I've not been doing too much this week, just pottering about finishing the Cuirassier du Roi Officer, doing bits of the troopers. I polished off five new recruits to la Reine, so that regiment is now 17 strong. Fouquet's is now up to 19 figures, which seems like the current establishment for my cavalry; Colonel, trumpeter, standard-bearer and two squadrons each of 7 troopers and an Officer.
For a change of pace I painted up an English officer of the 51st and a Hanoverian Jaeger, both as per my Blanford "Uniforms of the Seven Year's War". The rest of the 51st will follow with the French Lights as part of the same batch.
I've gotten my hands on a copy of Duffy's "Instrument of War". Odd book, poorly proof-read, witha strange format and choice of illustrations. It's almost a coffee-table book, handsomely bound with an annoying two-column layout that makes it a bit of a chore to read, especially as it's not a size you could easily manage sitting on the train or up in bed. The maps are oddly inadequate and difficult to make out and there are NO colour illustrations which considering the format, would have been a natural inclusion.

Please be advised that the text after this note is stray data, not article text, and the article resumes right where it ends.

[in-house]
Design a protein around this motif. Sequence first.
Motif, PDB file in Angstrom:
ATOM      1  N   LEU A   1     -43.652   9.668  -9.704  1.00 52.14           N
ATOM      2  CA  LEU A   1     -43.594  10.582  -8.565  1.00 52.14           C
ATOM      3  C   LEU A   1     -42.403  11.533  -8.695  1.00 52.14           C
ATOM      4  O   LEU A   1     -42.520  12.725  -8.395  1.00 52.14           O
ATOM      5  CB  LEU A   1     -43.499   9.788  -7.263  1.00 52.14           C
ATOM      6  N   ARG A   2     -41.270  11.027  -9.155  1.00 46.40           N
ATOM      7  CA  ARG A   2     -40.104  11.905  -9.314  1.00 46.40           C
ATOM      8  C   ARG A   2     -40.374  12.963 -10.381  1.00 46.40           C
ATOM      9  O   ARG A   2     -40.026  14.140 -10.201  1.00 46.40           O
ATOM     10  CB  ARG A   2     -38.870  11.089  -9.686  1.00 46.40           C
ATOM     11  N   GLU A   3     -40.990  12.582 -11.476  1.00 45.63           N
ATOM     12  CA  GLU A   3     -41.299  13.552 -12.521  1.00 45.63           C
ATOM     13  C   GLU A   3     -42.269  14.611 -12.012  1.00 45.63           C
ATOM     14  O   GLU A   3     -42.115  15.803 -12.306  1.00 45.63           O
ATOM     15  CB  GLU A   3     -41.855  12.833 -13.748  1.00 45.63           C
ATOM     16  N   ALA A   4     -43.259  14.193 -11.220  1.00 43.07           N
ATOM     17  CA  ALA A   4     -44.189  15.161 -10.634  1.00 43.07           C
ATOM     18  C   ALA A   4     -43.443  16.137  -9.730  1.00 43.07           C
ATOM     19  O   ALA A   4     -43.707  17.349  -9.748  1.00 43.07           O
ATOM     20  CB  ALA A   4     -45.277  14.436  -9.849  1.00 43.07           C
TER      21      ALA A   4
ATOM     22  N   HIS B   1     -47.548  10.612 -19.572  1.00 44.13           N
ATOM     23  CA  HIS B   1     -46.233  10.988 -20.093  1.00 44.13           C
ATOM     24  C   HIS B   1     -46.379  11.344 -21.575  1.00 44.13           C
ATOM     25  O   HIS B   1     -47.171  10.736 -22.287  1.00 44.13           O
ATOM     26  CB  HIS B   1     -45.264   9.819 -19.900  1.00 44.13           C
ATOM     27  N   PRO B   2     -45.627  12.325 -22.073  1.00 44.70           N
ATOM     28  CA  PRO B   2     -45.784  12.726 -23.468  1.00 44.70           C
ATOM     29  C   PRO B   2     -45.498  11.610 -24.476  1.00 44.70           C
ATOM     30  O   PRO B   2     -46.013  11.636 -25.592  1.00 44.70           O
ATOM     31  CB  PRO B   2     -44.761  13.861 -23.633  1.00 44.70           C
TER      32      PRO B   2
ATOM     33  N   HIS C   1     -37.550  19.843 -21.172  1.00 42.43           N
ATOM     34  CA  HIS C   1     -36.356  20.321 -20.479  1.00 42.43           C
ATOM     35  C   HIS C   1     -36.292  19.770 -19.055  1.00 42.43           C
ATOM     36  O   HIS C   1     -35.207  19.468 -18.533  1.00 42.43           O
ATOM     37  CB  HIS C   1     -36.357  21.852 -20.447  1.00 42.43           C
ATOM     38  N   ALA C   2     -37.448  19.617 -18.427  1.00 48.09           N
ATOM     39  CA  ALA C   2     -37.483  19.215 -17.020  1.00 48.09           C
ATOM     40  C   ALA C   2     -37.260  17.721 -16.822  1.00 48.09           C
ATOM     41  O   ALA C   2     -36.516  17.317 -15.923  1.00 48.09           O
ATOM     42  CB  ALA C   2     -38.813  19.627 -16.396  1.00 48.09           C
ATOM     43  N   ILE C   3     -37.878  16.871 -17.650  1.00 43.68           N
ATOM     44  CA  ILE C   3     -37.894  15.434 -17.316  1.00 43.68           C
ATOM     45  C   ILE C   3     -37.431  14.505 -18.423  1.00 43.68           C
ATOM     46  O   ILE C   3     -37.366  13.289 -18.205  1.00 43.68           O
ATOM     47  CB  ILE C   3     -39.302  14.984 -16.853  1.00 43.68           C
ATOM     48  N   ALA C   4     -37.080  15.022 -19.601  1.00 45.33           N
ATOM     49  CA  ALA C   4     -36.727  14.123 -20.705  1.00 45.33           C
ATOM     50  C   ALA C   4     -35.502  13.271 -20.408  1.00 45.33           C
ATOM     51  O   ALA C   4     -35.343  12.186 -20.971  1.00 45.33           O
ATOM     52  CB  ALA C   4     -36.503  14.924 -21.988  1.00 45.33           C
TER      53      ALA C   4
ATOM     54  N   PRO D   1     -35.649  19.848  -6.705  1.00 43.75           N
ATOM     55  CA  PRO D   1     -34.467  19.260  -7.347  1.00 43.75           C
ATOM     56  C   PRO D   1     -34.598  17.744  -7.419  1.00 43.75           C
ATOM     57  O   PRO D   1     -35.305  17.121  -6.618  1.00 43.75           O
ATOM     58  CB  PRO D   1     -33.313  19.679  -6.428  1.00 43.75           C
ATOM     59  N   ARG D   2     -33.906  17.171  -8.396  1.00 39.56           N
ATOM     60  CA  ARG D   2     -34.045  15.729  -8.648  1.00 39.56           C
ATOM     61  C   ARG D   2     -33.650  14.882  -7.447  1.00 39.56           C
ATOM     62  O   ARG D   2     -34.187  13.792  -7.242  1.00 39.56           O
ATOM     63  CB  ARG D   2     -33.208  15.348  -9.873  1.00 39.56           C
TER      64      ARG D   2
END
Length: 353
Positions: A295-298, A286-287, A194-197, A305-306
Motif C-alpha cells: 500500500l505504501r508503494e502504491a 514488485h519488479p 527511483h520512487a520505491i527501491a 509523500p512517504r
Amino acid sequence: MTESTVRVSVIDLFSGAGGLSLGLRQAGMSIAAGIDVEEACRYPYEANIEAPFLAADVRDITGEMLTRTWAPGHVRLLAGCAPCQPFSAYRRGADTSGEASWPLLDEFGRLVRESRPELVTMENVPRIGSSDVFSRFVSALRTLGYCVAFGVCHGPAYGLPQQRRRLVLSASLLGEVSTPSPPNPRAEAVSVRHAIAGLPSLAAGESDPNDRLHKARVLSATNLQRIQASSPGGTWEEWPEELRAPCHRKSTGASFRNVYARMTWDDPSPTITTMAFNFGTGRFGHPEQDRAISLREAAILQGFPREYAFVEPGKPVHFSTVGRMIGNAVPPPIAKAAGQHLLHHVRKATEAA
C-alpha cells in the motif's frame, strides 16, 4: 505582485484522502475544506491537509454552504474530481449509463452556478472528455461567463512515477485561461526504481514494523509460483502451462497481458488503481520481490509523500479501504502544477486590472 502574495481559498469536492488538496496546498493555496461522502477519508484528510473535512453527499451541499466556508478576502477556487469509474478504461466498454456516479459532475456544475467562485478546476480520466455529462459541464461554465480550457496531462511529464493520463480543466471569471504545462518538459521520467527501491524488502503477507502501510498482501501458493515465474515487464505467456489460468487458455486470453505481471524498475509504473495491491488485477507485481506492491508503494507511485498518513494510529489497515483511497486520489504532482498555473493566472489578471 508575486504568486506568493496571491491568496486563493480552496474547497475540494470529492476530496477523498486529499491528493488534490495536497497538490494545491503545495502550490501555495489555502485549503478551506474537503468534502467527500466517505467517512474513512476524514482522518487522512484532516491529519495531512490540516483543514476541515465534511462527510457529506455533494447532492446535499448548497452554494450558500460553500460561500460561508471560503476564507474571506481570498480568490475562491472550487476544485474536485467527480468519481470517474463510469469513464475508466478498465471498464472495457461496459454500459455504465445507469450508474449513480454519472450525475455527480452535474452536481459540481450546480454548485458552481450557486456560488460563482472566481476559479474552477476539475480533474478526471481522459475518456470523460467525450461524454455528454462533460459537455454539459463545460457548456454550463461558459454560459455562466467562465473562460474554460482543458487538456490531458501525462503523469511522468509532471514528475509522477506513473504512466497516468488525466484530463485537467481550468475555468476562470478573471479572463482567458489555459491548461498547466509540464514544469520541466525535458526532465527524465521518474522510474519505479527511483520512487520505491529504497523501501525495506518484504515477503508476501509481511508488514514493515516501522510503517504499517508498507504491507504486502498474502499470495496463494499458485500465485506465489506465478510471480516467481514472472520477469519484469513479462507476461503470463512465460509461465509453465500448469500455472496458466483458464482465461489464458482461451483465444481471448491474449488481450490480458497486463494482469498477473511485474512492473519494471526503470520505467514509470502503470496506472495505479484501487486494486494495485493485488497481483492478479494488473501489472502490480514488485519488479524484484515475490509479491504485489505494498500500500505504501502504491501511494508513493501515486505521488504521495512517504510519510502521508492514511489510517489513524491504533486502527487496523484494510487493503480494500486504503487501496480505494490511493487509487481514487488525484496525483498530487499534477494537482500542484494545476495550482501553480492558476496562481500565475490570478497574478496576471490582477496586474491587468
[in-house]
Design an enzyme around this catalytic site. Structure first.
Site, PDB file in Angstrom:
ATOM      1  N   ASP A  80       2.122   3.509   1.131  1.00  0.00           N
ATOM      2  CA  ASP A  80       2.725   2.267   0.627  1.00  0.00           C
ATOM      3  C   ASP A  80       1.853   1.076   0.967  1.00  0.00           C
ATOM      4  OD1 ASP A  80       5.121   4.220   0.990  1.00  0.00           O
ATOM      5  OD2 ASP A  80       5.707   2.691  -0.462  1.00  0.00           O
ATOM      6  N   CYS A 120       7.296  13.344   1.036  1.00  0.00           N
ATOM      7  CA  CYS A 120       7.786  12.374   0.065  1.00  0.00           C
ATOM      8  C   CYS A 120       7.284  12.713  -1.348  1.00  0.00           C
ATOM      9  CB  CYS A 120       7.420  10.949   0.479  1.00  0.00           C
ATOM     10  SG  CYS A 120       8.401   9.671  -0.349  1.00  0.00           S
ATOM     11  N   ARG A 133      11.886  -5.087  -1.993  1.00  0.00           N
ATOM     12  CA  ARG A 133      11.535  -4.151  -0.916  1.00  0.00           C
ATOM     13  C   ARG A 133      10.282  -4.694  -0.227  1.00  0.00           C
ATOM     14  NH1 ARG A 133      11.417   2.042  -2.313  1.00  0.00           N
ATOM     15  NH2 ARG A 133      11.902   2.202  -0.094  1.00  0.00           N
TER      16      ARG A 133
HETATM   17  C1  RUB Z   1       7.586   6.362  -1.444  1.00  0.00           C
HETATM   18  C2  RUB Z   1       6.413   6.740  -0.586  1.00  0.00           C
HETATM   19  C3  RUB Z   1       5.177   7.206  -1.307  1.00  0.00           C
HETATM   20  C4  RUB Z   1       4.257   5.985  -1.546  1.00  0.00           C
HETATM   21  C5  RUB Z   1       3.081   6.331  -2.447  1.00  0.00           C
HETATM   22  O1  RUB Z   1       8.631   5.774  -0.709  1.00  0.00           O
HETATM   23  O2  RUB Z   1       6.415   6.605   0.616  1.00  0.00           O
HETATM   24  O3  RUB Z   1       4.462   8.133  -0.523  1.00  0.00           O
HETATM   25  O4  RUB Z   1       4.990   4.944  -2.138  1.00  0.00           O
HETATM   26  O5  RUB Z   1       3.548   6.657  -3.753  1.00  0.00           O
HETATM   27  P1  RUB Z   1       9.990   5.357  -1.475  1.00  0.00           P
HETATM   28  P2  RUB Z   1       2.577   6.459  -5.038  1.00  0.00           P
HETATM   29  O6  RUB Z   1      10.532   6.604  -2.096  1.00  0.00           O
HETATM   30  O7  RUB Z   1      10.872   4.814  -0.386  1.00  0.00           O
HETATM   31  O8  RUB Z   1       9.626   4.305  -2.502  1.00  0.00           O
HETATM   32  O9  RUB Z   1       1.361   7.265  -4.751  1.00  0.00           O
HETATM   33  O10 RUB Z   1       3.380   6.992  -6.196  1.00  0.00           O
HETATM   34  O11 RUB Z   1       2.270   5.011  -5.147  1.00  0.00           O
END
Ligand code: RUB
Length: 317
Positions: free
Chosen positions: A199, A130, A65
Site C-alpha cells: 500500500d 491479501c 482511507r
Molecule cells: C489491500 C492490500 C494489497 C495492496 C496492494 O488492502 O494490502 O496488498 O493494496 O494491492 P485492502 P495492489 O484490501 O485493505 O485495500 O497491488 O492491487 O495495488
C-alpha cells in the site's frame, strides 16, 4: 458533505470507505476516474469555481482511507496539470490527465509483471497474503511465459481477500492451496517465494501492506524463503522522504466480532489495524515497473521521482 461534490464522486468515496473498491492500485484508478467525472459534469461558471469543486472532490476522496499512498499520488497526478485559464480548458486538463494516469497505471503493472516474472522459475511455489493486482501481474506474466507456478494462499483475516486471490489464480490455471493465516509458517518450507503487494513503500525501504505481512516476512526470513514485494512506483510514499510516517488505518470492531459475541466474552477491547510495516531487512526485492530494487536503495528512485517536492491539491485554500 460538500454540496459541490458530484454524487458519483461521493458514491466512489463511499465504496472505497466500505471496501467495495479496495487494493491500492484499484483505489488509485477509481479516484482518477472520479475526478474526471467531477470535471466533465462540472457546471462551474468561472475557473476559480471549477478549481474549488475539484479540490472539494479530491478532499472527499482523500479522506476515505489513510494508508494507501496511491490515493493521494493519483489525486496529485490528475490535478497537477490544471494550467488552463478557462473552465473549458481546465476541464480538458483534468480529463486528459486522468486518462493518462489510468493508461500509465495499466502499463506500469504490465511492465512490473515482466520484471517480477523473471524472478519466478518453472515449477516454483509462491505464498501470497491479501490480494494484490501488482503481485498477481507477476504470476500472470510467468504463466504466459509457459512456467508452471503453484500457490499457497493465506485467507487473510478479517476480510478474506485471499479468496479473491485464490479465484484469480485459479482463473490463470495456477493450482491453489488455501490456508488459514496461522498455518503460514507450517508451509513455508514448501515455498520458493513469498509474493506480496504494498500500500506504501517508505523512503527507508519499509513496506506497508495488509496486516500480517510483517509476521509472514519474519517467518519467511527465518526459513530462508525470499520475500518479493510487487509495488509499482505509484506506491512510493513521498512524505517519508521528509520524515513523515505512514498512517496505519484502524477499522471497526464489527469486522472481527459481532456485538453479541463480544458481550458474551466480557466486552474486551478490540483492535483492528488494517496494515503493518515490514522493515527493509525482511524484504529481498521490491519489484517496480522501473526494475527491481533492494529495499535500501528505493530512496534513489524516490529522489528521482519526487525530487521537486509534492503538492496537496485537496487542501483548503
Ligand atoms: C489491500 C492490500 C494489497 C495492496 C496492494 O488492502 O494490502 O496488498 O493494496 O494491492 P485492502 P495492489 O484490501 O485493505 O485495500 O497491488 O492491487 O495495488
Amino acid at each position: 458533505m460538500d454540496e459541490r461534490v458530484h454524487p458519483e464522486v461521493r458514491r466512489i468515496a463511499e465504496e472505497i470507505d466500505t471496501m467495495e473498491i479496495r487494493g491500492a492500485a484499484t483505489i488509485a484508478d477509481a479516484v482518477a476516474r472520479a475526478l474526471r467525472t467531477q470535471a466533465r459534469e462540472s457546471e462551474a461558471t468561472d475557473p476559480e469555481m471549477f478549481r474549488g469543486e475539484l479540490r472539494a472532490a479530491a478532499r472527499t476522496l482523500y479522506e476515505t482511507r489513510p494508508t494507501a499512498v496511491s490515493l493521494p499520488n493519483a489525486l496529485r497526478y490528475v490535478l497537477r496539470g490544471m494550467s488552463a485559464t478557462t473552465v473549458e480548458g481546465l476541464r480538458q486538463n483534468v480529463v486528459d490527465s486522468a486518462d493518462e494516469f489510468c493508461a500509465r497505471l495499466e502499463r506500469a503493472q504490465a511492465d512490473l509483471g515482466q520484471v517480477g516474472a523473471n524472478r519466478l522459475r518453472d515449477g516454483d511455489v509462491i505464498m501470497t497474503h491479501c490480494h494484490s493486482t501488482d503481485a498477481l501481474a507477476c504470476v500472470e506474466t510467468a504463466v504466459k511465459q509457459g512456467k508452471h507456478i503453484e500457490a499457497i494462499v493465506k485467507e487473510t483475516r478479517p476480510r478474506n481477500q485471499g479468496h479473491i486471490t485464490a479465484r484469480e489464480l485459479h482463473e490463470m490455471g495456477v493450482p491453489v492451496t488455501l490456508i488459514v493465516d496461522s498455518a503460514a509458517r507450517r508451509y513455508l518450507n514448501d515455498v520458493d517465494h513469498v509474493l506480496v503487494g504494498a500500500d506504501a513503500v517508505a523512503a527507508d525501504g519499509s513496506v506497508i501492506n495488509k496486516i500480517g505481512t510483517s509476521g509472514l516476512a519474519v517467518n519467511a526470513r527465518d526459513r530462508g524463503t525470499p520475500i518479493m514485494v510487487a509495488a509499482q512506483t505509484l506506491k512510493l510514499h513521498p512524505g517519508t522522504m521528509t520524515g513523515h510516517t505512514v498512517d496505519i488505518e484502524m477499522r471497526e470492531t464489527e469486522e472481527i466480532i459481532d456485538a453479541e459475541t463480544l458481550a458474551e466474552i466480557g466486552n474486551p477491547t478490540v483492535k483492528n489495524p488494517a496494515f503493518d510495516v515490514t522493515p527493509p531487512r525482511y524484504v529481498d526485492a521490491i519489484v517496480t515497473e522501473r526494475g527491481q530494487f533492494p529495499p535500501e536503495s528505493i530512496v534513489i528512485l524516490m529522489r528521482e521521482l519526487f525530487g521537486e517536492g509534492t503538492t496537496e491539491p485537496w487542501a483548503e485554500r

Oddlu too the text is a grab bag, a compendium of facts that seems to lack a narrative. The Seven Years War is the main focus, but little enough is done to put the Army of Maria Theresa in a broader context that I can see so far. How has the Infantry developed since the WAS? What shortcomings were addressed by the reglement of 1752..? One interesting part was a discussion in detail of the organisation of the military academy, but again this is a lost opportunity as there is no discussion of it's contribution to the course of the 7YW which IS the focus of the book, temporally. If it had no efect on the KuK Army of the time why talk about it?
When you compare this to Kennets much more compact history of the French Army of the period or Duffy's own on the Army of Frederic the Great, I am left with the feeling that this is an inferior work.
Oops, here's some controversy...